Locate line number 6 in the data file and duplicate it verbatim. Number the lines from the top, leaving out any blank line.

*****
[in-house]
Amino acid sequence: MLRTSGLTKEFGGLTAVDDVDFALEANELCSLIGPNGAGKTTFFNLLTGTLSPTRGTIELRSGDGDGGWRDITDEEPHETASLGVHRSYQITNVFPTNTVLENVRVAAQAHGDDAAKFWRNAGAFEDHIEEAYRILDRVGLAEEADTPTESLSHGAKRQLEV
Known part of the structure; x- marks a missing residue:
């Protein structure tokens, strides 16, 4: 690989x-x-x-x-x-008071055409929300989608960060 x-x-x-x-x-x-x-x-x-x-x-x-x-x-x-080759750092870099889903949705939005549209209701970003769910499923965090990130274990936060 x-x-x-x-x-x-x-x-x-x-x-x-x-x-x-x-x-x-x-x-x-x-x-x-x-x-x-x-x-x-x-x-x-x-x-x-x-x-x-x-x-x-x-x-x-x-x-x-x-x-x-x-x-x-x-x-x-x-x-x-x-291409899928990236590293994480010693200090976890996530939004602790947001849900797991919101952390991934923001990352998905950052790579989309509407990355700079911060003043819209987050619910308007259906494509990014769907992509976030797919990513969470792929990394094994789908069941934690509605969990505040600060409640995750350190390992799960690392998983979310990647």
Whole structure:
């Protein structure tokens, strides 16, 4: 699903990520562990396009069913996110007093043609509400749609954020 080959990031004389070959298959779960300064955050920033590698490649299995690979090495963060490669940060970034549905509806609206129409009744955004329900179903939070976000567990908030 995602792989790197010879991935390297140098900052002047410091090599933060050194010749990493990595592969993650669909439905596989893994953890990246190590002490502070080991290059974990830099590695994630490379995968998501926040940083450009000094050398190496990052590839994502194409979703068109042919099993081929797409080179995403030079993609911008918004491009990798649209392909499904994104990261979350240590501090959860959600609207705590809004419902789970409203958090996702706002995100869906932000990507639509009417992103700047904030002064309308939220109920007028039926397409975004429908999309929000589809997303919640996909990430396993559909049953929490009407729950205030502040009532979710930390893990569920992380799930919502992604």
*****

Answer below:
């Protein structure tokens, strides 16, 4: 699903990520562990396009069913996110007093043609509400749609954020 080959990031004389070959298959779960300064955050920033590698490649299995690979090495963060490669940060970034549905509806609206129409009744955004329900179903939070976000567990908030 995602792989790197010879991935390297140098900052002047410091090599933060050194010749990493990595592969993650669909439905596989893994953890990246190590002490502070080991290059974990830099590695994630490379995968998501926040940083450009000094050398190496990052590839994502194409979703068109042919099993081929797409080179995403030079993609911008918004491009990798649209392909499904994104990261979350240590501090959860959600609207705590809004419902789970409203958090996702706002995100869906932000990507639509009417992103700047904030002064309308939220109920007028039926397409975004429908999309929000589809997303919640996909990430396993559909049953929490009407729950205030502040009532979710930390893990569920992380799930919502992604």